Everest pioneers packed 15,000 cigarettes for triumphant 1953 expedition

Heroic mountaineers on the team that conquered Everest gasped for cigarettes and oxygen, a writer discovered.

Stocks for the 1953 triumphant expedition included 15,000 cigarettes.

While Edmund Hillary and Tenzing Norgay, the first climbers to climb the highest mountain in the world, do not smoke.

Others in the team liked to cheat. Expedition leader John Hunt and climber Charles Evans smoked pipes, but Wilfred Noyce was a cigarette man.

Noyce reached the 26,000 ft South Col, between Everest and Lhotse Mountain, on May 21, 1953.

Eight days later, Hillary was at the top of the world at 29,035ft. News of the success was announced on the day of the Queen’s coronation.

But smoking during mountaineering wasn’t limited to the Everest journey, as writer Mick Conefrey discovered for his book The Last Great Mountain.

He spoke to the British climber Joe Brown who climbed the Kangchenjunga, the third highest mountain in the world, in 1955. The expedition to the mighty 28,169-foot Himalayan peak cost 25,000 cigarettes and 16 pounds of tobacco.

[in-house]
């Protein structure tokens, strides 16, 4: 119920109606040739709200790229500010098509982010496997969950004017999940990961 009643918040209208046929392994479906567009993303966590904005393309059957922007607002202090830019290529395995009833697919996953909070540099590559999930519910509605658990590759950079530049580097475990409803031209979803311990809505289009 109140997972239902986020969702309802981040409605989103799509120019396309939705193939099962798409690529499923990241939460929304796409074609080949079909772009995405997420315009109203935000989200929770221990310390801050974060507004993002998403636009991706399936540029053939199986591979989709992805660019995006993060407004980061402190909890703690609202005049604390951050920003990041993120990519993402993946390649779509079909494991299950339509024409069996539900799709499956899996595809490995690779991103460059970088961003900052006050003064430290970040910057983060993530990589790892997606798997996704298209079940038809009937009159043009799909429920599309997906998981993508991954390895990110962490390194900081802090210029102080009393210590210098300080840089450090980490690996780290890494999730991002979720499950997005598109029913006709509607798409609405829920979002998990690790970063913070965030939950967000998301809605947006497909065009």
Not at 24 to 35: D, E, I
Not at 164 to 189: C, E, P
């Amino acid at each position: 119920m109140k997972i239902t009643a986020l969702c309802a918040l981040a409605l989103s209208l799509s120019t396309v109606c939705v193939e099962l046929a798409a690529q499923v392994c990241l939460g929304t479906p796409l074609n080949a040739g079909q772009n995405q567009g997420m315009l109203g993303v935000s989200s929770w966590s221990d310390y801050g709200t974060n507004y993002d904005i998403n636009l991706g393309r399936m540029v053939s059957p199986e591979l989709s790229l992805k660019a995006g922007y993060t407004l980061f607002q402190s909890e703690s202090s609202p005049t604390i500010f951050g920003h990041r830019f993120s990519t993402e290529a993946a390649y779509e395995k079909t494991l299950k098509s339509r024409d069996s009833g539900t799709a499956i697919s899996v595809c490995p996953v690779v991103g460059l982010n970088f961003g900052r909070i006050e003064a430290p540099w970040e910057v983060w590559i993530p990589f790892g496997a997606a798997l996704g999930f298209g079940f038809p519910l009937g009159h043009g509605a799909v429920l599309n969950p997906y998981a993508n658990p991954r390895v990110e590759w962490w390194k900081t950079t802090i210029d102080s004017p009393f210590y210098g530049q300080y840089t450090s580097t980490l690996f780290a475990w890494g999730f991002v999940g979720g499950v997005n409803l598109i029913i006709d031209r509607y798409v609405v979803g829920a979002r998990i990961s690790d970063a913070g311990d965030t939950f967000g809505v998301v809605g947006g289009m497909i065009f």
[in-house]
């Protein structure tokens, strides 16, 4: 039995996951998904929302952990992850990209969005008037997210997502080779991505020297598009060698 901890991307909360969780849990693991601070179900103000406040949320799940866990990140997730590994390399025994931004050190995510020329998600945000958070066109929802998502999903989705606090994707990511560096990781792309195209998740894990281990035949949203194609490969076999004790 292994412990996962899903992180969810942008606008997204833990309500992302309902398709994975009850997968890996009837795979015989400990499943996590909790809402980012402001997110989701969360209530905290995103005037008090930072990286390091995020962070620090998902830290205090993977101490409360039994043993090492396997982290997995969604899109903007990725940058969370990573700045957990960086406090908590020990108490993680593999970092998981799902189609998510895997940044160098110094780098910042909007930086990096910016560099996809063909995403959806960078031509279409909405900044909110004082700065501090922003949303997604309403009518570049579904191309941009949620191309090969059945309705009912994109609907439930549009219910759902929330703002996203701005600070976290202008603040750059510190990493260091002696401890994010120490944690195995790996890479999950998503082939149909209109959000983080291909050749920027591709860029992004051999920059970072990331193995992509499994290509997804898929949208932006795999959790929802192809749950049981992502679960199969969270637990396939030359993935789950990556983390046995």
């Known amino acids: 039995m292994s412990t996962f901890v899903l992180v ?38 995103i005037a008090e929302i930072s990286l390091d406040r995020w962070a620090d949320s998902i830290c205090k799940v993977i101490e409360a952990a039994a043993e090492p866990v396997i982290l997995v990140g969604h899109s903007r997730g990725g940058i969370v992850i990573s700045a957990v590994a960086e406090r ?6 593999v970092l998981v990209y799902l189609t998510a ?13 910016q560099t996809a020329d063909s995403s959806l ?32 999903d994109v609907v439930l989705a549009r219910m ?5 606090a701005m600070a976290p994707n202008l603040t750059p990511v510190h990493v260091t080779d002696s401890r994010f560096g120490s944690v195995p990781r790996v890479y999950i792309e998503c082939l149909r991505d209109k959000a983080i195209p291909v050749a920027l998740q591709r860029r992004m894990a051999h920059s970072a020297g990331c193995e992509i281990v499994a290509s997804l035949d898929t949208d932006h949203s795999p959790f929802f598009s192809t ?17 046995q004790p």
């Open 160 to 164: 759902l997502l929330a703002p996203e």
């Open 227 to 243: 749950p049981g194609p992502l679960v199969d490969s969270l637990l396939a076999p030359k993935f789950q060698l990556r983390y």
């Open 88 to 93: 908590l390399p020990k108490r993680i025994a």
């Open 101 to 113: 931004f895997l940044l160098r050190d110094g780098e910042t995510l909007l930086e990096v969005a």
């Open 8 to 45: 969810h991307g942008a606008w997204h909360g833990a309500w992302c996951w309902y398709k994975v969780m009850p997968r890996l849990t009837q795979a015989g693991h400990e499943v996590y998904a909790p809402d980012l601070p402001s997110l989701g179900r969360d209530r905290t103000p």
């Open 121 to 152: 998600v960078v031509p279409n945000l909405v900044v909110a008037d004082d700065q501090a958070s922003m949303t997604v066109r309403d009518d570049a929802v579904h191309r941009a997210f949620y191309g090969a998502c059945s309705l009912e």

Many of the cigarettes were for wearers and sherpas, but about 5,000 were Western brands intended for the two smokers on the climbing team.

Everest pioneers packed 15,000 cigarettes for triumphant 1953 expedition

Brown is said to have smoked 2,000 cigarettes and smuggled 1,000 to Britain during the trip.

Unfortunately, Brown died last month, aged 89. He told Conefrey he smoked five cigarettes in the tent he shared with his non-smoking climbing partner, George Band.

He regretted his actions. He told Conefrey, “I have since thought,” What a terrible thing to impose on George, “because he was in the tent too, and I thought,” What ab ***** d. ” ‘

Despite Brown’s enthusiasm for nicotine, even at high altitudes with dangerously low oxygen, Conefrey notes that he outperformed Band in the successful push to the top.

Brown made no health claims for his smoking habit.

But George Finch, the scientist who first persuaded the committee in 1922 to organize attempts at Everest that bottled oxygen was essential to their success, believed that high altitude smoking could improve a mountaineer’s performance.


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